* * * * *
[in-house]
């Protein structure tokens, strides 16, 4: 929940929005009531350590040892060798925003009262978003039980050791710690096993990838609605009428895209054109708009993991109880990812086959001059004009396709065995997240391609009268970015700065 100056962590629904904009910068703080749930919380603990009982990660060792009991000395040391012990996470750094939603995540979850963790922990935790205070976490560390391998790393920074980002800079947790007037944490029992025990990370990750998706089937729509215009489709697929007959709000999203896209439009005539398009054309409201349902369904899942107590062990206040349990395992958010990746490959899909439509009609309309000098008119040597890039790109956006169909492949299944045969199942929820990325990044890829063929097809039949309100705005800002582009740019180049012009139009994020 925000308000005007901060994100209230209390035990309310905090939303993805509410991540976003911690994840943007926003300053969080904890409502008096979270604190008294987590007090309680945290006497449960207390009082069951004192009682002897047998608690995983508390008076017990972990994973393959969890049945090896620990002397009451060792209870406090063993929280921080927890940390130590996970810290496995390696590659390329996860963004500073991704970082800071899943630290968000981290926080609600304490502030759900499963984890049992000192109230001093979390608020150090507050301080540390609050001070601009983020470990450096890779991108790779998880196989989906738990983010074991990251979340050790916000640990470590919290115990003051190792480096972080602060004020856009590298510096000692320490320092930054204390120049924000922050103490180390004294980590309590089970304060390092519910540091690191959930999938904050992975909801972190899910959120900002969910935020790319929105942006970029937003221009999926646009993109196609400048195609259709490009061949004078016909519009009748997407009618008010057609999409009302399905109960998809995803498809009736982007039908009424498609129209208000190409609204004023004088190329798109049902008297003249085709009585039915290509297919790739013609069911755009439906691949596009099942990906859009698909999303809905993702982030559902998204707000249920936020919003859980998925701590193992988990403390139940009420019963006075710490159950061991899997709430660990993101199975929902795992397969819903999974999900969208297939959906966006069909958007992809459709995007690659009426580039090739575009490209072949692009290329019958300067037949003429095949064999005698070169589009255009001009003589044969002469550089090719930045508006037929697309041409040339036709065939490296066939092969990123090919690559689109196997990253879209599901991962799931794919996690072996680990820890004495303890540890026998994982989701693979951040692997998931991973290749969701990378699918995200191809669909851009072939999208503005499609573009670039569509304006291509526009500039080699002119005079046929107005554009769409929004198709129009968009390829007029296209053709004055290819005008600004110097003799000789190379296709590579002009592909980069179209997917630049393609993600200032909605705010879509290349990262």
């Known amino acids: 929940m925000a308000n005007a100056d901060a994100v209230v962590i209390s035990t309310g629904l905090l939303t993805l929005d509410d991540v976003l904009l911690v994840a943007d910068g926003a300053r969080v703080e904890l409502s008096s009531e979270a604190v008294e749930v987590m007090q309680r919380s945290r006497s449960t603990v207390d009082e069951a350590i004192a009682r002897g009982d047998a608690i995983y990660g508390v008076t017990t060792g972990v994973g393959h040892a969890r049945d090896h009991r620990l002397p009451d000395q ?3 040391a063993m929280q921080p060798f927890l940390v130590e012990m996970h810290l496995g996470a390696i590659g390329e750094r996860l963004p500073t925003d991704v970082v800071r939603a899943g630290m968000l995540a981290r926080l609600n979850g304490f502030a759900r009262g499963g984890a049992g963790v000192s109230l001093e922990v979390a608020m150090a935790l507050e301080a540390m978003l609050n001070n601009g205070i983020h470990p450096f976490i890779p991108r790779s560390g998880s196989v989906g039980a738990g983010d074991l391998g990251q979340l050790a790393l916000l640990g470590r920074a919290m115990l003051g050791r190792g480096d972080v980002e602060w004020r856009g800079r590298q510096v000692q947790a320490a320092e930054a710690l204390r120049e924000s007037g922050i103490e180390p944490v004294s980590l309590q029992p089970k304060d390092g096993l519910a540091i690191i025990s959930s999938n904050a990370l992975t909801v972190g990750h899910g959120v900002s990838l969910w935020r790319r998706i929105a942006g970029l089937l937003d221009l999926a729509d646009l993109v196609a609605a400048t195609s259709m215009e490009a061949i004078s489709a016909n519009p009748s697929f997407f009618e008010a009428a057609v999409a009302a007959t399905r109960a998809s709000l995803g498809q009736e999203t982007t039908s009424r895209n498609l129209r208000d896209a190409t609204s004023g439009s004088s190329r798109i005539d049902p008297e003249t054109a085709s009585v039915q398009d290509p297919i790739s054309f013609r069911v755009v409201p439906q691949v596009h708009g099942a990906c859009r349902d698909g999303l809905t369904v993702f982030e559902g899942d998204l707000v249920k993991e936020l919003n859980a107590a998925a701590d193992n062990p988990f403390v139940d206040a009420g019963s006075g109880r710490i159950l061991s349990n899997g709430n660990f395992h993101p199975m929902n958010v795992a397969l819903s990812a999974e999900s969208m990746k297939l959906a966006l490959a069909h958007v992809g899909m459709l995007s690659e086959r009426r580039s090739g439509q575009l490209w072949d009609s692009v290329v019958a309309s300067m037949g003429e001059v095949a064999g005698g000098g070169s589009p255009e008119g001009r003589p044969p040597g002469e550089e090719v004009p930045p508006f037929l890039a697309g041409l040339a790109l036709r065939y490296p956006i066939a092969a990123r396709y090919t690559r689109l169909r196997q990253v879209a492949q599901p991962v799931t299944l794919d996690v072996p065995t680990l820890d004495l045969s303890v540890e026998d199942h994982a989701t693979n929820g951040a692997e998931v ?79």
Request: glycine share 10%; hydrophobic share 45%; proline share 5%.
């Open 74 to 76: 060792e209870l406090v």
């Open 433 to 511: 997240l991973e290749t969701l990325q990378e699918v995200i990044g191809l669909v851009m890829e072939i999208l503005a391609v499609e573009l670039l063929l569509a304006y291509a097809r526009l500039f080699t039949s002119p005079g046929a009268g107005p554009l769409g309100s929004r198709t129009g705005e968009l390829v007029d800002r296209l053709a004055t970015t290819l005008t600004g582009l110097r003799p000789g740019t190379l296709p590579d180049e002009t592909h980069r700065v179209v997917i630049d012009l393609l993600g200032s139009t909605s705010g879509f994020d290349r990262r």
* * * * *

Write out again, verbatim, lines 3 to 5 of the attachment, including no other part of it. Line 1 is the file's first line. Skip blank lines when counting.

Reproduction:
């Known amino acids: 929940m925000a308000n005007a100056d901060a994100v209230v962590i209390s035990t309310g629904l905090l939303t993805l929005d509410d991540v976003l904009l911690v994840a943007d910068g926003a300053r969080v703080e904890l409502s008096s009531e979270a604190v008294e749930v987590m007090q309680r919380s945290r006497s449960t603990v207390d009082e069951a350590i004192a009682r002897g009982d047998a608690i995983y990660g508390v008076t017990t060792g972990v994973g393959h040892a969890r049945d090896h009991r620990l002397p009451d000395q ?3 040391a063993m929280q921080p060798f927890l940390v130590e012990m996970h810290l496995g996470a390696i590659g390329e750094r996860l963004p500073t925003d991704v970082v800071r939603a899943g630290m968000l995540a981290r926080l609600n979850g304490f502030a759900r009262g499963g984890a049992g963790v000192s109230l001093e922990v979390a608020m150090a935790l507050e301080a540390m978003l609050n001070n601009g205070i983020h470990p450096f976490i890779p991108r790779s560390g998880s196989v989906g039980a738990g983010d074991l391998g990251q979340l050790a790393l916000l640990g470590r920074a919290m115990l003051g050791r190792g480096d972080v980002e602060w004020r856009g800079r590298q510096v000692q947790a320490a320092e930054a710690l204390r120049e924000s007037g922050i103490e180390p944490v004294s980590l309590q029992p089970k304060d390092g096993l519910a540091i690191i025990s959930s999938n904050a990370l992975t909801v972190g990750h899910g959120v900002s990838l969910w935020r790319r998706i929105a942006g970029l089937l937003d221009l999926a729509d646009l993109v196609a609605a400048t195609s259709m215009e490009a061949i004078s489709a016909n519009p009748s697929f997407f009618e008010a009428a057609v999409a009302a007959t399905r109960a998809s709000l995803g498809q009736e999203t982007t039908s009424r895209n498609l129209r208000d896209a190409t609204s004023g439009s004088s190329r798109i005539d049902p008297e003249t054109a085709s009585v039915q398009d290509p297919i790739s054309f013609r069911v755009v409201p439906q691949v596009h708009g099942a990906c859009r349902d698909g999303l809905t369904v993702f982030e559902g899942d998204l707000v249920k993991e936020l919003n859980a107590a998925a701590d193992n062990p988990f403390v139940d206040a009420g019963s006075g109880r710490i159950l061991s349990n899997g709430n660990f395992h993101p199975m929902n958010v795992a397969l819903s990812a999974e999900s969208m990746k297939l959906a966006l490959a069909h958007v992809g899909m459709l995007s690659e086959r009426r580039s090739g439509q575009l490209w072949d009609s692009v290329v019958a309309s300067m037949g003429e001059v095949a064999g005698g000098g070169s589009p255009e008119g001009r003589p044969p040597g002469e550089e090719v004009p930045p508006f037929l890039a697309g041409l040339a790109l036709r065939y490296p956006i066939a092969a990123r396709y090919t690559r689109l169909r196997q990253v879209a492949q599901p991962v799931t299944l794919d996690v072996p065995t680990l820890d004495l045969s303890v540890e026998d199942h994982a989701t693979n929820g951040a692997e998931v ?79």
Request: glycine share 10%; hydrophobic share 45%; proline share 5%.
């Open 74 to 76: 060792e209870l406090v």